On-site searching is a great way to help users wade through a site that is brimming with content. It filters out what is not relevant to the user and drives them to exactly what they are looking for and, when done right, directs them to act within the goals of the site.
E-commerce sites are probably the most common use case for utilizing search filtering because users are searching for detailed products. However, search filtering is also commonly present on sites that provide a service through information delivery, like blogs or news sources, and sites that provide bookings for flights, vacations and deals.
Since searching and filtering through content is complex, we’ve broken down this article into two interaction patterns to help simplify the concepts. These two distinctly different concepts are Single Value Search and Content Filtering.
Single Value Search
Single value searches are the least complicated type of search. Users come to a site and have one specific item in mind that they are searching for or the site only asks users to search for one type of content. It is pretty straightforward — a text field and a “go” or “search” button. Being simple doesn’t mean it can’t also be beautiful and delightful to use… search design can be done in many different ways.
Filters may not be necessary in these types of searches, but it can help to guide users along the way. You are “finishing their thought” by using auto-complete as a way of improving the user experience. Marmoset Music, for example, asks users to search for a “soundtrack” or a song. This is a narrow enough search that a filter may not be necessary but a drop-down can help users complete the action easily. Text shown in the search box can be helpful in informing the user. Sometimes just populating the box with the term “search” or leaving it empty may not give users enough direction.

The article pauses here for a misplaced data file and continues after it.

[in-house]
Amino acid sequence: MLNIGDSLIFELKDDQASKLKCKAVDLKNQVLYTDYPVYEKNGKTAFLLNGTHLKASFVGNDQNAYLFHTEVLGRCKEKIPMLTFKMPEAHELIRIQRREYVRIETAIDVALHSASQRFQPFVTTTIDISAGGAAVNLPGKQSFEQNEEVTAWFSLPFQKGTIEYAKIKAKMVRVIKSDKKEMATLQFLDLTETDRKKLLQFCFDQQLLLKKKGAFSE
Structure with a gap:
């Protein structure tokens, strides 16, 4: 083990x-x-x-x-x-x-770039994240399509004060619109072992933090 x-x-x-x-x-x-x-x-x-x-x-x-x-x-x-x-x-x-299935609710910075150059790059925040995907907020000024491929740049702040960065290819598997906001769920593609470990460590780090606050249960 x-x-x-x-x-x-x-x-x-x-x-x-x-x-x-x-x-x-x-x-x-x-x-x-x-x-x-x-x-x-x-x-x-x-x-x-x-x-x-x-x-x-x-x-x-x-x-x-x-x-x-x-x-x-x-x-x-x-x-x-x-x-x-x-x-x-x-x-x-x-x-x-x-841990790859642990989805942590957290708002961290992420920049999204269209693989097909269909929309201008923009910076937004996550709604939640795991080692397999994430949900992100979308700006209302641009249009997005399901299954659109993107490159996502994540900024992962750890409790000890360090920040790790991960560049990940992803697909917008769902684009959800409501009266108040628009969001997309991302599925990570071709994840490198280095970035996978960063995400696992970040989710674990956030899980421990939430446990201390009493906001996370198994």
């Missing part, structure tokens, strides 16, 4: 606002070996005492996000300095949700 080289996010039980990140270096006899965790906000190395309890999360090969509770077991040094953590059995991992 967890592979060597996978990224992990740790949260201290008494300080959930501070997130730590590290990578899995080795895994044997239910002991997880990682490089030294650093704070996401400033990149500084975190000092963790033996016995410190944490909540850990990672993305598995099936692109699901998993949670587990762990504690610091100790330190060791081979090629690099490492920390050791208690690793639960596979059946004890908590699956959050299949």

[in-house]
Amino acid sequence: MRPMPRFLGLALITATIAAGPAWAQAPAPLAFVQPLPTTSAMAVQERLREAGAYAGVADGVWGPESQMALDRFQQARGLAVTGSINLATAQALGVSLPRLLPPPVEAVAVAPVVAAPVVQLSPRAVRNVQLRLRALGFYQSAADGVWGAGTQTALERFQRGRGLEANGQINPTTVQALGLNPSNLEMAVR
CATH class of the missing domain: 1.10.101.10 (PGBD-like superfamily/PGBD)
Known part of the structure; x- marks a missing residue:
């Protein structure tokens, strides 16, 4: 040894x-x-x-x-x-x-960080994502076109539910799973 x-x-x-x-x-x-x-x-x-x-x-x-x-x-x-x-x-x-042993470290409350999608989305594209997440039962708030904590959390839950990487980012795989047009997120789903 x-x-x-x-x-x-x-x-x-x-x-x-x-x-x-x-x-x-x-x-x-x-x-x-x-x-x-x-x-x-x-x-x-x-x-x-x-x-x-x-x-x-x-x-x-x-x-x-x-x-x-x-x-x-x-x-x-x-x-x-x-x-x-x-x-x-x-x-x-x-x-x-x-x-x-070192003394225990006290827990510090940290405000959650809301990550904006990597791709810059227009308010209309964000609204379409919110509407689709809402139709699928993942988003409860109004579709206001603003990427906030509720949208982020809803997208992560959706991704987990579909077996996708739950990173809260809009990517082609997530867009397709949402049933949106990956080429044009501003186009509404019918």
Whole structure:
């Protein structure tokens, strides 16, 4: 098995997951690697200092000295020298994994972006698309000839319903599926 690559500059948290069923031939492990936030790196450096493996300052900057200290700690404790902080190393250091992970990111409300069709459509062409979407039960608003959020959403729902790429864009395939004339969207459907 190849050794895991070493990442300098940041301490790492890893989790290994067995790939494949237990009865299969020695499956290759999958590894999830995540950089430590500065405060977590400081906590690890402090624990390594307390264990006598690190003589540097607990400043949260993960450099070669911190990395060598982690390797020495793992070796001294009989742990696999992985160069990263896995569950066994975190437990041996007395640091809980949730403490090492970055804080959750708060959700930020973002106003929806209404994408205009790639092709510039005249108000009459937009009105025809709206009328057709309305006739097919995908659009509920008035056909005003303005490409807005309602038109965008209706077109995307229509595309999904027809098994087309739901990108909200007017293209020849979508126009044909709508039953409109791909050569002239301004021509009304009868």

Many sites, most commonly e-commerce sites, use both single value search and a filter to help users navigate their site. When there are multiple values that go into a search, filtering is involved.
This UX Matters article breaks down filtering into two approaches: “drill down” and “parallel” selection.
The drill down approach isolates pages by category as the search becomes more narrow. It is an OR approach. You can search for x OR x but only need to search for one. For example, users may be looking for a book at Amazon.com and click on Books, users are directed to a new page of just books. Then they may further filter by author, but they often only fall under one category (books) and then one author.
Parallel selection is used when there may be a few intersections in search descriptors. A user may be searching using several qualities or features as indicators to find it to find it.
Which type of approach to use is a matter of volume and type of content. A site like Amazon, with an endless amount of content, would be overwhelming without a very straightforward search approach. A site like this may also use filtering once the content is narrowed down through the drill down search. A site that wants to encourage many searches and a lot of browsing, would take a parallel selection approach.
UI of Filtering
Let’s look at some approaches to filtering down content, in terms of the UI structure and how they interact.
Filters are most commonly seen next to the content while the content being filtered is on the right or below. This approach is great for when users are intended to browse. Perhaps users don’t know what they want but they do know what they don’t want. This approach allows them to filter away what they don’t want and continue to filter on the left while browsing on the right.
Many sites take a more experiential approach to filtering that can be a screen takeover, immersive experience of filtering to find the right product or service. This can feel premium and personal, increasing the customer service quotient for the user.
Full screen search filtering is becoming quite popular and is an attractive approach. While it is often delightful to users, if the intent is for users to find many products and continue a shop/browse experience, this may not be the way to go.
Filter as you search
A drop down approach combines searching and filtering into one step.
1. Establish the goal of the user experience on site.
2. Choose an approach based on the volume of content and goal for conversion of the site.
3. Search is intended to simplify the user’s experience so that the you and the user’s goals are achieved.